A few weeks ago I talked about art related trends in shojo manga. When I mentioned how the same character can go from somewhat bulky to slender and refined as an example, I actually had Ash in mind. Much can be said about Banana Fish being a perfect example of capturing a mangaka’s style evolution as much as its decade trends, and how that’s reflected in the considerable changes in the main character’s design. Continue reading “Eiji: cuteness & innocence through design”
Here it is, a post no one asked for but I wrote anyway because it was quick, easy, and this is how I have fun! (I already had this documented!)
Banana Fish does interesting things with lighting–like providing Ash shadows to hide when he wants to, framing Eiji as the light in Ash’s life or some Cain Blood’s scenes with lighting (and tones) that pays attention to black skin. Continue reading “Finding the rainbow–or every Ash & Eiji scene with gay ass lighting”
Few series have made me feel as much and as strongly as Banana Fish–a work that’s full of things I love dearly, just as it has things that I either dislike or downright hate. It can be described as an action thriller, a crime drama, a story of cultural connections, abandoned children and new-found families, and many things more. At its heart, there’s a love story. Continue reading “Banana Fish: the negotiations of a show, a love story & things that hurt”
Not talking about the direction Banana Fish‘s going right now is honestly just self-care. Ash and Eiji never fail to bring me joy though, so!… Let’s talk about love instead.
Whenever Eiji tells Ash that he wants to be with him, there’s a constant: Ash’s shock. It’s there as a close-up when Eiji tells Ash he’ll “stay by his side” (if he doesn’t mind) or that he’ll “go crazy if he loses him too” (after what happened with Shorter). It’s also there in Ash’s shielded eyes and the way he pauses when Eiji asks him to come back safely, and that “he’ll wait forever” for him. Continue reading “Eiji’s the sun: staying by his side”
One of the most interesting things in Banana Fish to me is how it plays with “traditional gender roles” in fiction. I’ve talked about some of the ways this is done with Eiji before, like how he’s equated to a past female love interest in a situation where Eiji’s role would usually go to a girl. In recent episodes, we also see him in “damsel in distress” situations, like when Ash’s rescues him while escaping Dino’s mansion, or when Yut-lung captures him because of his connection to Ash. However, Eiji’s not the only boy who gets roles that usually goes to women. Continue reading “The Moon & The Lynx: playing with gendered character archetypes”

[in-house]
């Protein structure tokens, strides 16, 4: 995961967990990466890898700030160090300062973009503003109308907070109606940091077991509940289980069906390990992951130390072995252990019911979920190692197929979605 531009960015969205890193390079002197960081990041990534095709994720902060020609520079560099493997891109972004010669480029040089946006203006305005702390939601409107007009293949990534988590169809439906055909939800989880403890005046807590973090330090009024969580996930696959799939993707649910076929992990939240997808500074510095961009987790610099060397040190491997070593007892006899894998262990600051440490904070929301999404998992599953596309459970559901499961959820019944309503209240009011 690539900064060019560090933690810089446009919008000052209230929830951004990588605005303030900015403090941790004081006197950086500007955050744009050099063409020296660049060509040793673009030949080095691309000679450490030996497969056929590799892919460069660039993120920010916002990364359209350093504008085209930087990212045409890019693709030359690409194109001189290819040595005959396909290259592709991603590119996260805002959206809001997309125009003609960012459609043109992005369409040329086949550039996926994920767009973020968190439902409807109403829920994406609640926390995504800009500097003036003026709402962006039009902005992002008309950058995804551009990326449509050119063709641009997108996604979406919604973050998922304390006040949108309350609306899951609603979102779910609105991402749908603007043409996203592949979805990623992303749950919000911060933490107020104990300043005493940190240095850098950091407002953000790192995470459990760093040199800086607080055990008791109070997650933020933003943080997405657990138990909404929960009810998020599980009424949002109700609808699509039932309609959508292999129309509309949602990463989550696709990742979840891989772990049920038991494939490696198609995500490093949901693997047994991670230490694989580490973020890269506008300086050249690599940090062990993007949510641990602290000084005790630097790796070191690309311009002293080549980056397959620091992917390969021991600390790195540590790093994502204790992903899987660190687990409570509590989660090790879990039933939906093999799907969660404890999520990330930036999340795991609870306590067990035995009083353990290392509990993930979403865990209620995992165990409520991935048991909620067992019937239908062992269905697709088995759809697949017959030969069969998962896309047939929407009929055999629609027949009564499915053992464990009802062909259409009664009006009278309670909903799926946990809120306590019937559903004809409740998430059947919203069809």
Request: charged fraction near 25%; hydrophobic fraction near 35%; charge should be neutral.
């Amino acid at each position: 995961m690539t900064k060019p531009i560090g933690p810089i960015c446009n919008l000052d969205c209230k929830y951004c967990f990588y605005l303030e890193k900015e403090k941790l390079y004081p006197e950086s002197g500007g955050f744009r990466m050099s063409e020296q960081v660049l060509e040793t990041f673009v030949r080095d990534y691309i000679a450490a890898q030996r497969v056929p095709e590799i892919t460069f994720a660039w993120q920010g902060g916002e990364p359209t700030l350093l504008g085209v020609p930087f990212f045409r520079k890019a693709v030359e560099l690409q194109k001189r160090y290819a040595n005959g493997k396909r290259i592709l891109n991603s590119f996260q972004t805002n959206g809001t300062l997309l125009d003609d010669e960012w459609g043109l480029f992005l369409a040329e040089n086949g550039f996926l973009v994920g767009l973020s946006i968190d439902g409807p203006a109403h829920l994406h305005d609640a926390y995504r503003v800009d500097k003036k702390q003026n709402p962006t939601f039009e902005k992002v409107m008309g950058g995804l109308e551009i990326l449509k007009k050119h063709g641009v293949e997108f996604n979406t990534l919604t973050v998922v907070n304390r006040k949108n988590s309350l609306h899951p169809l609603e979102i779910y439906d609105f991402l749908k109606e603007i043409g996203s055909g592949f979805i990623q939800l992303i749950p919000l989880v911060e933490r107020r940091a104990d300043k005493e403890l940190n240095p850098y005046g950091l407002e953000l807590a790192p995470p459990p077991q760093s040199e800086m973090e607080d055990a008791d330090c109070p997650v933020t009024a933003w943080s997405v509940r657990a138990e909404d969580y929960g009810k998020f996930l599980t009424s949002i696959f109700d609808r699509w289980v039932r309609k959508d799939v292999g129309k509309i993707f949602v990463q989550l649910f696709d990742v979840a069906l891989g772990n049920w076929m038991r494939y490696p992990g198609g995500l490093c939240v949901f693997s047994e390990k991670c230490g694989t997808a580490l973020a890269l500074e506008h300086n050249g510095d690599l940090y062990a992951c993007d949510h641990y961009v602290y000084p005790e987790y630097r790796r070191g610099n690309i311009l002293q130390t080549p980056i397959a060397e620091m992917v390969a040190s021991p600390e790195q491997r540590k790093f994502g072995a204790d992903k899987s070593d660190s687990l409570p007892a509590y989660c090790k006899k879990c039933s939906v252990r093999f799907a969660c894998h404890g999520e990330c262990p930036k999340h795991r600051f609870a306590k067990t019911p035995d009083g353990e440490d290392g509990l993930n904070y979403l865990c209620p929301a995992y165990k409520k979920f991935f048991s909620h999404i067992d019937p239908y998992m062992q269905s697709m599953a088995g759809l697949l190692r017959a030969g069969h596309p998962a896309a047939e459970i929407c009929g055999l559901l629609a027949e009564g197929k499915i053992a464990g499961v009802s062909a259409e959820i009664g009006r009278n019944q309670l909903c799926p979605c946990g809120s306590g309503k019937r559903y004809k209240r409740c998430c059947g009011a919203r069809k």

I usually start these posts mentioning the novel the episode’s title reference with the possible connection it could have with the episode in question. However, Ash already explained that better than I ever could. In fact, most of the episode is very straightforward with a special focus on action–showing two gangs briefly side with Ash for the first time and culminating in the death of one of the main antagonists–so this post will be shorter than usual.
Hemingway’s “The Snows of Kilimanjaro” (1936) is one of the most prominent literary references in the original material. I’ve been including the publishing dates of all the novels the show has referenced thus far because I suspect the staff might have picked them with this (among other things) in mind. After all, most episodes reference either Hemingway or Fitzgerald. As contemporaries, both have quite a history of friendship and rivalry, but I digress. Continue reading “Banana Fish #13: The Snows of Kilimanjaro”
There have been so many Fitzgerald references lately that for a moment I thought this was yet another one, but after double checking, I realized that it’s actually referencing our other Very Happy friend, Ernest Hemingway!
In short, “To Have and Have Not” is a 1937 novel that tells the tale of a good man who’s forced into questionable activities by circumstances beyond his control. Continue reading “Banana Fish #12: To Have and Have Not”
“The Beautiful and Damned” is a 1922 novel by F. Scott Fitzgerald. Among all its themes, what’s most relevant here is the marriage and the many hardships the couple faces. Curiously enough, it’s also set during the World War I. It’s not the focus, but considering how this episode ends with a declaration of war between Ash and Arthur–and the first few episodes referenced novels that were involved with the world wars in one way or another–it’s still worth to mention.
Episode 11 dedicates a considerable amount of time to show us how Ash and Eiji settle into living alone together. When Max offers to take Eiji away, Ash refuses, and we know that Eiji will be moving in with him in the apartment he buys towards the end of the episode. Continue reading “Banana Fish #11: The Beautiful and Damned”